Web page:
• matters brought by application for a prerogative writ, which are usually intended to challenge the decisions made by public officials;
• matters brought upon a judgment previously granted by the Supreme Court or County Court.
It is important to bring an action within the correct jurisdiction, because otherwise the court can strike out the matter and award costs against the person bringing the action (s 101(c) MC Act). The Magistrates’ Court does not have jurisdiction in a civil case unless expressly enacted by statute and any sum claimed is within the Magistrates’ Court limit.
Under section 101, the court may amend the complaint to bring the proceeding within its jurisdiction, or stay the proceeding pending an application to transfer the proceeding to a higher court.
The Magistrates’ Court encourages parties to resolve their civil disputes through mediation and has the power to refer parties to mediation (s 108 MC Act). Information about mediation is available on the Magistrates’ Court website (www.mcv.vic.gov.au; select “Civil matters” then “Mediation”). For an overview of mediation, see “Mediation”.
The Magistrates’ Court may also refer parties in a civil dispute to “early neutral evaluation”, where a magistrate provides the parties with a non-binding opinion on the likely outcome of their case at a court hearing. Information about early neutral evaluation is available on the Magistrates’ Court website (select “Civil matters” then “Early neutral evaluation”).
Arbitration is a more informal hearing of cases in the Magistrates’ Court. The court must determine disputes of less than $10 000 by arbitration, subject to a number of exceptions set out in section 102 of the MC Act. The intention is to reduce the cost and formality of disputes for small claims (s 102). (For an alternative means of resolving small claims, see “Small claims: VCAT’s Civil Claims List” in Taking action as a consumer.) In addition, the court can refer a civil proceeding to mediation.
The Dispute Settlement Centre of Victoria (DSCV) describes mediation as a form of dispute resolution in which an impartial third party helps people in dispute to communicate and negotiate.
The conflicting parties meet with two mediators, who help them to work out a solution to their dispute that is acceptable to all parties. Parties to the dispute retain control over their dispute and take responsibility for the outcome.
Mediation is available throughout Victoria (DSCV has offices in metropolitan and regional Victoria and is free of charge). Mediation can be conducted at a location convenient to the people involved. If an interpreter is needed, one can be provided for free.
The Coroners Court is a specialist inquisitorial court with special tasks to perform. It is a court of inquiry and its role is set by the Coroners Act 2008 (Vic), which came into operation on 1 November 2009. Coroners Courts are open to the public.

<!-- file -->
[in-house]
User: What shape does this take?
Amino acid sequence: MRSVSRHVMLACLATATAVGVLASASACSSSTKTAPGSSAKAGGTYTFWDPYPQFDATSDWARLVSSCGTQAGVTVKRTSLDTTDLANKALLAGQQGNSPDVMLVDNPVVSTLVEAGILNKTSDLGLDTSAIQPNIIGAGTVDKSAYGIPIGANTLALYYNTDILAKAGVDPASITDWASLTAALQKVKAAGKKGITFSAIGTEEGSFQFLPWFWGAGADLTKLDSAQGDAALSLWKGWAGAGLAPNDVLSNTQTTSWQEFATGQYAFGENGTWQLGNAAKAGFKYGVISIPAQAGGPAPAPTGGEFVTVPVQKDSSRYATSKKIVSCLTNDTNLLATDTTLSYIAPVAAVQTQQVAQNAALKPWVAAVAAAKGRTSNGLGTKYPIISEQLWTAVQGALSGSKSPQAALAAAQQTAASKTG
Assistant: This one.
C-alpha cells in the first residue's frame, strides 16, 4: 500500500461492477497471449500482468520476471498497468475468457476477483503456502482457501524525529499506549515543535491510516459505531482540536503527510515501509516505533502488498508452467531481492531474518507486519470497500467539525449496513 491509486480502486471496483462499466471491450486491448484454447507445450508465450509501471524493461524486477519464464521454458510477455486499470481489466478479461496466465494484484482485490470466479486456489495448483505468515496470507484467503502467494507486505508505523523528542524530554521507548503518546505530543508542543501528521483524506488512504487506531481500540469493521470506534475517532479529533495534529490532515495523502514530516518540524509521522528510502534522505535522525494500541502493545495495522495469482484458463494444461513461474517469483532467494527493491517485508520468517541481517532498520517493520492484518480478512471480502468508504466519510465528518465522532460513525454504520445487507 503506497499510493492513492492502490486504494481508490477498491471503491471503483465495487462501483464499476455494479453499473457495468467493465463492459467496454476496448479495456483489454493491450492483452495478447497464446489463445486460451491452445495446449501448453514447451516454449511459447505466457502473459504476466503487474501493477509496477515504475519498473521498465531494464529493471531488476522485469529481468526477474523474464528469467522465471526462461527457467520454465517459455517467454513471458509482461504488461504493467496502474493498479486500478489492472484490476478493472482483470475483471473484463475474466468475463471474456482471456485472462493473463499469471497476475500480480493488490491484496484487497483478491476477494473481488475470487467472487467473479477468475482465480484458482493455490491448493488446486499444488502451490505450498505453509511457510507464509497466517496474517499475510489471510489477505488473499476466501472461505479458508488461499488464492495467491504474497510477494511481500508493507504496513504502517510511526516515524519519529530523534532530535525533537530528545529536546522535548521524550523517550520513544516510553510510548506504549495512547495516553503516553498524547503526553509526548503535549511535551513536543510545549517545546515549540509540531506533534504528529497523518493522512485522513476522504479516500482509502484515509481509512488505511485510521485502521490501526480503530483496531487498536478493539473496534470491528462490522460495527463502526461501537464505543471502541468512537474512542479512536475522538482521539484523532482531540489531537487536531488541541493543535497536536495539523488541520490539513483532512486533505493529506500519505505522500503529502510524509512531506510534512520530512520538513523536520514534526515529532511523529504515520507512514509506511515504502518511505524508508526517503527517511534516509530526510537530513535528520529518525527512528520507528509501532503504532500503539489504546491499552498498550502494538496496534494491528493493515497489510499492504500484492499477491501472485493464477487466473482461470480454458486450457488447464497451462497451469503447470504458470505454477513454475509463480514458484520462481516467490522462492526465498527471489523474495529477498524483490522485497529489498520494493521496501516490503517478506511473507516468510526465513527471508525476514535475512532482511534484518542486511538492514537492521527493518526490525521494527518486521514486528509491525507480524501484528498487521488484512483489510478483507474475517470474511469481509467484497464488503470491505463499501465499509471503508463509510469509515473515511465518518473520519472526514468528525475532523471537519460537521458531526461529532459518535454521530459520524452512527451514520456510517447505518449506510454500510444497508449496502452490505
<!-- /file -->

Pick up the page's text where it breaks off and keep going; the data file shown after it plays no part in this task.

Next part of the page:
A coroner’s inquest must be held in certain circumstances, including where:
• the coroner suspects homicide;
• the deceased was in custody or care immediately before their death;
• the identity of the deceased is not known;
• the death occurred in prescribed circumstances.
The coroner may hold an inquest into any death they are investigating.
Any person can request that the coroner hold an inquest into a death. Within three months of receiving a request, the applicant must be advised that the coroner:
• has decided to hold an inquest;
• has decided that an inquest will not be held;
• has not made a decision as to whether or not an inquest will be held and will advise the applicant of the decision when the decision has been made.
Unless otherwise ordered by the coroner, the senior next of kin of a deceased person must be given the autopsy report (and any other reports related to medical examinations performed on the deceased). The coroner may make available to a person with a sufficient interest any statements they intend to consider in the course of the inquiry. A person with a sufficient interest who has been granted interested party status in an inquiry may appear before the inquiry and examine or cross-examine witnesses. The person may also, if desired, be represented by a lawyer or, with the permission of the coroner, by some other person. The sorts of people who have been regarded as having a sufficient interest include relatives of the deceased and, in some cases, community organisations and pressure groups.
Witnesses may object to giving evidence on the grounds that they may incriminate themselves. However, a coroner is empowered to direct witnesses to give evidence if it is in the interests of justice for the witnesses to give evidence. Witnesses are issued certificates stating that any evidence they give cannot be used against them in any court or before any person or body authorised by the law of the state.
Coroner’s assistants are usually police prosecutors. However, when police officers may be involved in a death (e.g. a person dies in police custody), lawyers are engaged to assist the coroner.
The coroner attempts to establish the identity of the deceased, the cause of death, and in some cases, the circumstances in which the death occurred.